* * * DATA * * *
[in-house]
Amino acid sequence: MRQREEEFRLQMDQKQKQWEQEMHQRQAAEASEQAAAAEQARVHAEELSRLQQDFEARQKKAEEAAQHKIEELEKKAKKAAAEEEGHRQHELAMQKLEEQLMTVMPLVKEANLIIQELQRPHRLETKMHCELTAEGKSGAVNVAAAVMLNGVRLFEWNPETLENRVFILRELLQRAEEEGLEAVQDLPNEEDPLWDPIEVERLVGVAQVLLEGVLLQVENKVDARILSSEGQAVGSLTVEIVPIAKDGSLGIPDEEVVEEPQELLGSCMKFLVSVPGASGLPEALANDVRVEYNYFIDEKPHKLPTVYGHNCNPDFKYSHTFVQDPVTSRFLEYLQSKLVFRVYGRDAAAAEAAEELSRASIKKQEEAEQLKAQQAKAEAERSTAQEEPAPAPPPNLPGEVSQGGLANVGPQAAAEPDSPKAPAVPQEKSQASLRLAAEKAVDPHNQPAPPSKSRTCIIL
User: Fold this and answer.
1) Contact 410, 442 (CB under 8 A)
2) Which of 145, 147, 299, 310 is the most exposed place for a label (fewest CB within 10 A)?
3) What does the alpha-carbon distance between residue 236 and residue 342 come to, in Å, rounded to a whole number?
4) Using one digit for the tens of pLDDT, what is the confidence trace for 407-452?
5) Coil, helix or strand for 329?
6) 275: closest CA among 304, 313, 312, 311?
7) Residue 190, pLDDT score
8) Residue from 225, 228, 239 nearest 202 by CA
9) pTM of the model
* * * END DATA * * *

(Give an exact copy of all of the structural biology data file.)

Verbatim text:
[in-house]
Amino acid sequence: MRQREEEFRLQMDQKQKQWEQEMHQRQAAEASEQAAAAEQARVHAEELSRLQQDFEARQKKAEEAAQHKIEELEKKAKKAAAEEEGHRQHELAMQKLEEQLMTVMPLVKEANLIIQELQRPHRLETKMHCELTAEGKSGAVNVAAAVMLNGVRLFEWNPETLENRVFILRELLQRAEEEGLEAVQDLPNEEDPLWDPIEVERLVGVAQVLLEGVLLQVENKVDARILSSEGQAVGSLTVEIVPIAKDGSLGIPDEEVVEEPQELLGSCMKFLVSVPGASGLPEALANDVRVEYNYFIDEKPHKLPTVYGHNCNPDFKYSHTFVQDPVTSRFLEYLQSKLVFRVYGRDAAAAEAAEELSRASIKKQEEAEQLKAQQAKAEAERSTAQEEPAPAPPPNLPGEVSQGGLANVGPQAAAEPDSPKAPAVPQEKSQASLRLAAEKAVDPHNQPAPPSKSRTCIIL
User: Fold this and answer.
1) Contact 410, 442 (CB under 8 A)
2) Which of 145, 147, 299, 310 is the most exposed place for a label (fewest CB within 10 A)?
3) What does the alpha-carbon distance between residue 236 and residue 342 come to, in Å, rounded to a whole number?
4) Using one digit for the tens of pLDDT, what is the confidence trace for 407-452?
5) Coil, helix or strand for 329?
6) 275: closest CA among 304, 313, 312, 311?
7) Residue 190, pLDDT score
8) Residue from 225, 228, 239 nearest 202 by CA
9) pTM of the model